Industry Report: Digital
Europe on threshold of digital fracture
by Fabien Lemercier
- The transition to digital projection in European theatres was the subject of a speech given on Saturday by Véronique Cayla, director general of the National Film Centre (CNC), as part of the Dijon Film Meetings organised by the ARP.
Calling on territorial collectivities (cities, departments and regions) to study the issue in order to protect France’s excellent network of cinemas, Cayla reminded those present that the CNC is able to provide them with a tool for the economic simulation of the financing conditions of the changeover to digital projection.
Developed with the intention of "enabling all movie theatres to convert to digital", the tool identifies the costs and revenue (savings) induced by the transition to digital, according to detailed parameters: size of establishment, type of unreleased films screened (number of prints, power of the distributor), distribution costs (master digital, print, transport, storage, key management), exhibition costs (projector, server, installation, maintenance) and financing scenarios. The CNC can thus provide an accurate estimation, theatre by theatre, and define the possible contributions from different market stakeholders.
The equipping of theatres is at this stage expected to cost €80,000 per screen, €10,000 per establishment and €4000 per projection room. A total of 20% of these expenses will be borne by the exhibitor.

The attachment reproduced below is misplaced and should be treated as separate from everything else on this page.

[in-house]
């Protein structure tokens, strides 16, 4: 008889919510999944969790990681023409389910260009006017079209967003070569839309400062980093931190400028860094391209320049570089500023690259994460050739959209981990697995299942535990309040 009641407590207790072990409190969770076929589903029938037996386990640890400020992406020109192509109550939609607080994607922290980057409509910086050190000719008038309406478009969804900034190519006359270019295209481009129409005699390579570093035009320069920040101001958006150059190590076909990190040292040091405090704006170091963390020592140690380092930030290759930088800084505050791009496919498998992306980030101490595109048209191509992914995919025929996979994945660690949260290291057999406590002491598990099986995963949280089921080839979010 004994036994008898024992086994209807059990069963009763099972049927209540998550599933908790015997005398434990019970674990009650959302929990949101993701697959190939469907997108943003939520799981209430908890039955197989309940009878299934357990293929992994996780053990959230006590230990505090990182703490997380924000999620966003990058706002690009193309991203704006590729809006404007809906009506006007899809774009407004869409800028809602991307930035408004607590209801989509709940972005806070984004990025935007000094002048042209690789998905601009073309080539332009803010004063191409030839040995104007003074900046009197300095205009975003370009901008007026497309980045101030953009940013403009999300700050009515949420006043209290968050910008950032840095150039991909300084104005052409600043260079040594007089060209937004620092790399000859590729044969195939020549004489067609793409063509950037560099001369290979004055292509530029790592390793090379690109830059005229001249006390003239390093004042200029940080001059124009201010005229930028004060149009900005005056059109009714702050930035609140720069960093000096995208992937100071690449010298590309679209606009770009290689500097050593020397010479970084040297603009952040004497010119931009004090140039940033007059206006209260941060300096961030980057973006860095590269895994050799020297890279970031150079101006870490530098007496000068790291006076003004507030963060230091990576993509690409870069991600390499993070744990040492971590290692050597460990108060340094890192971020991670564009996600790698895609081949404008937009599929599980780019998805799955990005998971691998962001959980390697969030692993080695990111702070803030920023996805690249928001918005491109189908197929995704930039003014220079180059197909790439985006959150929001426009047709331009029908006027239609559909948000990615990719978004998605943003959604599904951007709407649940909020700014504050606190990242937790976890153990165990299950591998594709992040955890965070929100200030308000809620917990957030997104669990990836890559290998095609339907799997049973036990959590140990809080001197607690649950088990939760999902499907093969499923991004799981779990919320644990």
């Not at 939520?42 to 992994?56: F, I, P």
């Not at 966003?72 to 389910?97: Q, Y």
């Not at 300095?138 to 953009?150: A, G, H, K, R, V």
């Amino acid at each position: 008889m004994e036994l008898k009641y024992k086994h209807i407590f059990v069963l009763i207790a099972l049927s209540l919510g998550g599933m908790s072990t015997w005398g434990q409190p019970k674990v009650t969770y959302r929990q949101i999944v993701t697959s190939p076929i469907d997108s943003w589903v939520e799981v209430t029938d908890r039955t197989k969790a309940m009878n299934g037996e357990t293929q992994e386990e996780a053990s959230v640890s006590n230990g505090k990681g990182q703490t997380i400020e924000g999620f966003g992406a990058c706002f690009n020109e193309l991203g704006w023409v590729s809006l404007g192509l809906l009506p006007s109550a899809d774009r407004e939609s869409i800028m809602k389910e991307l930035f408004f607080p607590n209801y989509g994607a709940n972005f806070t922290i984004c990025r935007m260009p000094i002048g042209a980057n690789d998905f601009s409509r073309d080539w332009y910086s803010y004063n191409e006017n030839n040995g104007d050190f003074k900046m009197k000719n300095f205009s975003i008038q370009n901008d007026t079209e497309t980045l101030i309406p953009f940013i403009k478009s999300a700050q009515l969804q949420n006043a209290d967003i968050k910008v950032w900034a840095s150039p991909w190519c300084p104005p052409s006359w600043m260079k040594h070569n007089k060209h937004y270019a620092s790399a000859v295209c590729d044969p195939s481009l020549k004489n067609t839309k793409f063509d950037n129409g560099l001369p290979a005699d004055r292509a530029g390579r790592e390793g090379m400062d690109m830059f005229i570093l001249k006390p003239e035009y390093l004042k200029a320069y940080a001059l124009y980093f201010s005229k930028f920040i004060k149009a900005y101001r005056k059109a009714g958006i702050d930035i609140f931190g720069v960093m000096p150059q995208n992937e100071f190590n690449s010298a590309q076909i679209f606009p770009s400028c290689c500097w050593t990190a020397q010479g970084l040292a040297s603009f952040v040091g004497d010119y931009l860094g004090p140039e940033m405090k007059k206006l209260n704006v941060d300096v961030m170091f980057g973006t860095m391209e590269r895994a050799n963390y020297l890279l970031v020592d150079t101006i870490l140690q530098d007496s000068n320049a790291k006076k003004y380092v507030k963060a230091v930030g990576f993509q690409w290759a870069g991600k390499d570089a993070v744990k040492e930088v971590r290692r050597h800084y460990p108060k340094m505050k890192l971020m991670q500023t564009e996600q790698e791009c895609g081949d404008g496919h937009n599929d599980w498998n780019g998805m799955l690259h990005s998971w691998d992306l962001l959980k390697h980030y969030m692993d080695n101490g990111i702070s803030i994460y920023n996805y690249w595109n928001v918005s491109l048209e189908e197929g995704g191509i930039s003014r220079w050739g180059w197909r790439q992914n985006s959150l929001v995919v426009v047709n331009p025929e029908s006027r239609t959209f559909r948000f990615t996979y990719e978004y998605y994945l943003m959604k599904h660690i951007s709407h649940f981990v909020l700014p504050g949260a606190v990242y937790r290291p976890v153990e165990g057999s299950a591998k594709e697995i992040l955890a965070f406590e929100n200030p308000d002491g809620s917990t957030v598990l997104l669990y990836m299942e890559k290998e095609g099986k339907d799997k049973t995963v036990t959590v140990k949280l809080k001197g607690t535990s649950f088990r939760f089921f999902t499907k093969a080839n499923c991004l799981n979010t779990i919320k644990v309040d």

Confident about France’s conversion to digital, Cayla nonetheless said she felt "more concerned about the rest of Europe". She commented: "Until now, people haven’t taken an interest in this problem even though theatres will disappear along with their specific programming". She continued: "It’s all the more sad given that in many Eastern European countries, there are few theatres. However, it would be a great opportunity for film circulation. We have to put pressure on Europe and encourage digital technology in theatres."
Cayla’s speech should be reflected on in the light of data recently published by Hungarian distributor Budapest Film. The company orchestrated the domestic release on September 11 of Kornel Mundruczo’s Delta [+see also:
interview: Kornél Mundruczó
interview: Orsi Tóth
film profile] (unveiled in competition at the latest Cannes Film Festival) on four 35mm prints and 15 E-Cinema screens (digital distribution whose performance is inferior to the minimum international standards for digital projection).
The excellent results in terms of admissions in a context where auteur films are usually released on very small print-runs have led the distributor to repeat the experience with the release of Attila Gigor’s The Investigator on October 2 (11 35mm prints and 12 E-Cinema screens).